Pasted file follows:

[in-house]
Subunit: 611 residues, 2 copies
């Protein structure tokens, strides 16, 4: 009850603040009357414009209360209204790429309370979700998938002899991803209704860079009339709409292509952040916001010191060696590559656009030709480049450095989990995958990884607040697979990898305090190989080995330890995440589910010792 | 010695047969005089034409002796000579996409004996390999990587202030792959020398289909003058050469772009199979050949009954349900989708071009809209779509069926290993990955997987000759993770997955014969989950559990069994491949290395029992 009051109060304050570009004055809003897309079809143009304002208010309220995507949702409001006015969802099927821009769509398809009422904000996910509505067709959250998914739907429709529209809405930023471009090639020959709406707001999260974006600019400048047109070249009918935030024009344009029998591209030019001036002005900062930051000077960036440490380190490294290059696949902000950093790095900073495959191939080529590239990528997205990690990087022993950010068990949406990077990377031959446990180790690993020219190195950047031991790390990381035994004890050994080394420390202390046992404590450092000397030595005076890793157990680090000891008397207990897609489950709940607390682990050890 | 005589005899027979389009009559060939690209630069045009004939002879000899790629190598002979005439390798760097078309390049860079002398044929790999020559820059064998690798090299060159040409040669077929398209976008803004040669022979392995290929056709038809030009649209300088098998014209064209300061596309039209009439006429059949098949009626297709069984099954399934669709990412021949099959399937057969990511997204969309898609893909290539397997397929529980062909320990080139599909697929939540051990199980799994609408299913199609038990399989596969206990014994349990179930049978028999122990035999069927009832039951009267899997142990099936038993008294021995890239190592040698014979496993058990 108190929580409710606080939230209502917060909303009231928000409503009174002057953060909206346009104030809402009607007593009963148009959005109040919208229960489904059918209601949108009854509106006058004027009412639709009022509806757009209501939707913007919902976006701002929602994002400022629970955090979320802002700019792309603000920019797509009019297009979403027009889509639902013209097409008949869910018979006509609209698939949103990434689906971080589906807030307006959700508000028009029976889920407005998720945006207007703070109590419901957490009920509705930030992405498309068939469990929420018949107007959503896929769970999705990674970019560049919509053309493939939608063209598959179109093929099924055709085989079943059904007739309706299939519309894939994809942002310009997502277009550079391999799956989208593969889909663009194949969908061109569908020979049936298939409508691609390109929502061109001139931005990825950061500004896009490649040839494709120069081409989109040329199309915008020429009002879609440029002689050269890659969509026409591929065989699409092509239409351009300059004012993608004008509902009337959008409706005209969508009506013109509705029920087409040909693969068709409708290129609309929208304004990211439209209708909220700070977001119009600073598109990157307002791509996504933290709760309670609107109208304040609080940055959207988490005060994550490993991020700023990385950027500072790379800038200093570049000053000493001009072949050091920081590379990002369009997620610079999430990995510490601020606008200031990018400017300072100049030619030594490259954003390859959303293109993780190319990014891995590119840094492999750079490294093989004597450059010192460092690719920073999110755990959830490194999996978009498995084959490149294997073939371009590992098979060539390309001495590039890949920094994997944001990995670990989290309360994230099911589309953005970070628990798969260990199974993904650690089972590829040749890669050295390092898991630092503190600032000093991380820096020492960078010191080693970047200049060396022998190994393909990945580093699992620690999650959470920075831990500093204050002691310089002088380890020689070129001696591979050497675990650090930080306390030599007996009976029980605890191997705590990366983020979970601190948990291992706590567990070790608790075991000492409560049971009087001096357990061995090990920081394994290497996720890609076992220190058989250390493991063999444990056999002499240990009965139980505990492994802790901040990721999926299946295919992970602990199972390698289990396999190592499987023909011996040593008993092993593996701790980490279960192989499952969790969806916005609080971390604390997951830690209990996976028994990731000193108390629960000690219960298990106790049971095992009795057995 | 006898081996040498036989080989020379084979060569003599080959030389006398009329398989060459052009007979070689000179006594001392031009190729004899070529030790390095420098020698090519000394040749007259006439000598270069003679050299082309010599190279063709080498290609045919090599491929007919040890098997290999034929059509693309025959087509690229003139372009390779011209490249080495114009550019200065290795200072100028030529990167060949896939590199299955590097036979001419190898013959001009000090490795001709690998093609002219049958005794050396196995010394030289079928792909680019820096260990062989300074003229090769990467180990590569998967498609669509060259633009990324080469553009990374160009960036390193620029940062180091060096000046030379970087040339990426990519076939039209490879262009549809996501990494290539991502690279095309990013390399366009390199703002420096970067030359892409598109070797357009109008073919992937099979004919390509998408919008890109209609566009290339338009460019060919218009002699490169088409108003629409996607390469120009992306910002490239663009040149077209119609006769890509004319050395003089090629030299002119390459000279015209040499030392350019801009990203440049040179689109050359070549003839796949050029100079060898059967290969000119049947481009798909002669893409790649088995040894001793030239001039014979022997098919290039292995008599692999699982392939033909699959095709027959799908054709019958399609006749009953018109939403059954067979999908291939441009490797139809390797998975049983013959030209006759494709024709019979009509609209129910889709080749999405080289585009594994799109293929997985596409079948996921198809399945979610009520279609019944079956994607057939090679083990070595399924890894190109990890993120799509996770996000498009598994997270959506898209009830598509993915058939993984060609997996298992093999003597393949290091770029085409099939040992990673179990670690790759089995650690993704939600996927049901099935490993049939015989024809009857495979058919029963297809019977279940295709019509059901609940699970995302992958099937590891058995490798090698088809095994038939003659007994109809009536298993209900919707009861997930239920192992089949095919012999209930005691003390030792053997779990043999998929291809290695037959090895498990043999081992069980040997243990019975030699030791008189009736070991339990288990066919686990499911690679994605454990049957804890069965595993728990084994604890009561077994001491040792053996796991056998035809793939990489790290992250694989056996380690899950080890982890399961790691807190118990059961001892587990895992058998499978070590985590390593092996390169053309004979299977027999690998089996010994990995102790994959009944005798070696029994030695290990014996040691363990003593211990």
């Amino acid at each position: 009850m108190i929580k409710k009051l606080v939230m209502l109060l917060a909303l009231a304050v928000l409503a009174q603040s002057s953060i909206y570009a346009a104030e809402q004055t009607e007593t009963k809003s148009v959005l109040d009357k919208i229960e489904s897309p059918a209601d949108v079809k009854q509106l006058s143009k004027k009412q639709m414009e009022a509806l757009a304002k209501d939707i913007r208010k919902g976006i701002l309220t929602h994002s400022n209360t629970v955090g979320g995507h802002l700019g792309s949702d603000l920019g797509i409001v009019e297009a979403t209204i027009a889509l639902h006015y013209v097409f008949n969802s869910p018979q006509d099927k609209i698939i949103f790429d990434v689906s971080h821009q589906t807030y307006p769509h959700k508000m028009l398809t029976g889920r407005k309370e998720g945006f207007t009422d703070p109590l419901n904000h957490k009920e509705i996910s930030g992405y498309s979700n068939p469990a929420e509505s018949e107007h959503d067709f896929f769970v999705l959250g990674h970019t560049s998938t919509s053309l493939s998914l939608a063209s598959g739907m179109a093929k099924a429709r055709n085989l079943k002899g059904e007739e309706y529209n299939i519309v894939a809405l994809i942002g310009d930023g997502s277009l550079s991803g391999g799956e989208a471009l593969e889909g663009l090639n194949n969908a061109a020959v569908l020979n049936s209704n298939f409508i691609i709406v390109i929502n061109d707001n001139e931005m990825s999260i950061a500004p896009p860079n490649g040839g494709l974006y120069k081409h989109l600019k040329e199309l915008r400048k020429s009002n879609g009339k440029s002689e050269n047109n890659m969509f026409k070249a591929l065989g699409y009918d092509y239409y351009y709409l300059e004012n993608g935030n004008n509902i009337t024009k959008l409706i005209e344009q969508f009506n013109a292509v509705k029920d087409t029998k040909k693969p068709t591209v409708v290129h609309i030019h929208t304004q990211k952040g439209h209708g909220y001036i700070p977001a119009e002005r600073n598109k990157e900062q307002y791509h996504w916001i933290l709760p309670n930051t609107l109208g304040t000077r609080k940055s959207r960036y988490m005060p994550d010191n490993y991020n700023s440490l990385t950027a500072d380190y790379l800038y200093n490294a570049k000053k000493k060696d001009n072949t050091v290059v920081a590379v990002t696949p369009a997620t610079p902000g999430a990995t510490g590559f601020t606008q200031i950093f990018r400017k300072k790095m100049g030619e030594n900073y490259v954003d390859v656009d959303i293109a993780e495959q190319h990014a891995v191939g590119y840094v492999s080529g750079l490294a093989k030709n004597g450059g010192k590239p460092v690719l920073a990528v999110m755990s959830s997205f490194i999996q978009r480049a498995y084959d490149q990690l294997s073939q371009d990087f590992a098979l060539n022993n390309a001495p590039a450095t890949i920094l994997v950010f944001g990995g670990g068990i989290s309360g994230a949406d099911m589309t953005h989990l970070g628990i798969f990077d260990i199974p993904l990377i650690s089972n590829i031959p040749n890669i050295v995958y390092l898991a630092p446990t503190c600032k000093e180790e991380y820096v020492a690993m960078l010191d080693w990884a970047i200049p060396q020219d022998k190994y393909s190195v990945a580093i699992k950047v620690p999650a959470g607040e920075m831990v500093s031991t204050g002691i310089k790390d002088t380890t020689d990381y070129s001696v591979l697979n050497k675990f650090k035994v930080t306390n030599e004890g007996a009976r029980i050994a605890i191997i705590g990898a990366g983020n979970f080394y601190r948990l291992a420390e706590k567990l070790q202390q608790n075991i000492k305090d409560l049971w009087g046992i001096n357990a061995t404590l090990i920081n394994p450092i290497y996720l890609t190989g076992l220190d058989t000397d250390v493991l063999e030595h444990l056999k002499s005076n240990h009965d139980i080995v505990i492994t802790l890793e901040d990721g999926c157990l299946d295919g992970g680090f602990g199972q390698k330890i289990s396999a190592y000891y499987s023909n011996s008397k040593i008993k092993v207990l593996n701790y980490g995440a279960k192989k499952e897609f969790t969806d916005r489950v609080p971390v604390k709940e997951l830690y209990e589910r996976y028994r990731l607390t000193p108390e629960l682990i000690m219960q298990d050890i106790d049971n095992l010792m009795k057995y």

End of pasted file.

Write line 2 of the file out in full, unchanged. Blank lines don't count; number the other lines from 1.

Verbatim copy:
Subunit: 611 residues, 2 copies